Ofcom, the telecommunications regulatory authority of the UK, has received a grant of Pound 700K to explore the use of blockchain technology for management of landline numbers.
Using Blockchain for Telecom
The Office of Communications, also known as Ofcom will leverage blockchain for better management of landline numbers in the UK. Ofcom is the government-approved regulatory and competition authority for the broadcasting, telecommunications and postal industries of the United Kingdom.
To explore the use of the technology the regulatory body has been granted Pound 700,000 by the Department of Business, Energy and Industrial Strategy. Ofcom plans to invite experts from industry, academia and blockchain space to work together on the solution. The announcement was made on the Ofcom official website earlier on Monday.
Blockchain technology uses a decentralized distributed ledger to record the history of transactions. The records which are stored in a continuous chain of blocks are immutable, making the blockchain immune to hacking or fraud. Ofcom intends to use the technology to maintain the telephone numbers as digital assets.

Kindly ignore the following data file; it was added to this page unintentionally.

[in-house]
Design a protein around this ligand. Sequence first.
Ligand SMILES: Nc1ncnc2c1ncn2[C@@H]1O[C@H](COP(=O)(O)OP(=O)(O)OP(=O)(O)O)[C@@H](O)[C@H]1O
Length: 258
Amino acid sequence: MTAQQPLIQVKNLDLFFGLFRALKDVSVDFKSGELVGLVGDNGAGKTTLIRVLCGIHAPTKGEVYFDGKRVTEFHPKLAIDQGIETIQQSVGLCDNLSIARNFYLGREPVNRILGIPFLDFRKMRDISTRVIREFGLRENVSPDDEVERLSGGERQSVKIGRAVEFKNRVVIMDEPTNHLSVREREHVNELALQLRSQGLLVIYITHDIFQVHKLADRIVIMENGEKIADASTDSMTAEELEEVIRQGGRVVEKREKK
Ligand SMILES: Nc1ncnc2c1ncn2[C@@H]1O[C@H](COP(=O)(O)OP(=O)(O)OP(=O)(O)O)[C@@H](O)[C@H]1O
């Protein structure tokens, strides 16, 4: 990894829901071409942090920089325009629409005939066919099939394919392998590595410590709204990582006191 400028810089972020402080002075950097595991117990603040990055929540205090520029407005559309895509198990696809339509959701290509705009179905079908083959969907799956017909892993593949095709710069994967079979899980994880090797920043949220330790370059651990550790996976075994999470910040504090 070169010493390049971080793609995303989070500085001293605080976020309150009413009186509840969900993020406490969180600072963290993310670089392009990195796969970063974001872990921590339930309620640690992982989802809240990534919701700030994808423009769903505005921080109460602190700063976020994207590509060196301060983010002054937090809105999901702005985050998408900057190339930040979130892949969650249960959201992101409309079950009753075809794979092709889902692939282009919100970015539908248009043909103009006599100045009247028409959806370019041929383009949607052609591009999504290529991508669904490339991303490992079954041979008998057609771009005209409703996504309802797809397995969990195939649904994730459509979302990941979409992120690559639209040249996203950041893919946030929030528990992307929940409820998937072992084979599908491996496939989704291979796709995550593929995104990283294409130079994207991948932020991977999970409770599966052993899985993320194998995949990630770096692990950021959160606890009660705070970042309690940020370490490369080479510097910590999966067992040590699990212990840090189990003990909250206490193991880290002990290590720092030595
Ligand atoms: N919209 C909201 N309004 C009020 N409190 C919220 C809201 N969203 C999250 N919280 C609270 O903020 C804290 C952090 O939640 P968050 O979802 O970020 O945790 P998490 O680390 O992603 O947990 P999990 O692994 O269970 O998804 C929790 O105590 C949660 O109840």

Currently, Ofcom manages close to one billion landline numbers. These numbers are either already in use or reserved for allocation. The regulator issues blocks of numbers to operators who manage these numbers and their lifecycle including installation, disconnection and porting.
The authority is moving from an analog-based traditional infrastructure to a VOIP (Voice over internet protocol) one and needs to upgrade the existing systems. By implementing a blockchain based system for management, Ofcom expects multiple benefits including lower cost of operation, faster execution, better tracking, improved customer experience and better management of spam calls.
According to the announcement, attempts at creating a centralized database have failed due to the high costs involved and the barriers to collaboration. The regulator expects better transparency and reliability using the new system as well as the provision of real-time updates for the customers.
Mansoor Hanif, Ofcom Chief Technology Officer, said: “We will be working with industry to explore how blockchain could make it quicker and easier for landline customers to switch providers while keeping their number – as well as reducing nuisance calls. And we’ll expand our research into other areas where innovative technologies such as blockchain could be applied to benefit consumers.”
Best Practices Will Be Shared
The regulator intends to capture learnings from the pilot test before rolling it out across the industry. On successful implementation, the authority will also share the best practices and the technology with other regulators. The project is likely to be a good experience for the telecom operators and will help them figure out more use-cases.
In your opinion what other use-cases can be explored for blockchain in the telecom sector? Let us know in the comments below.
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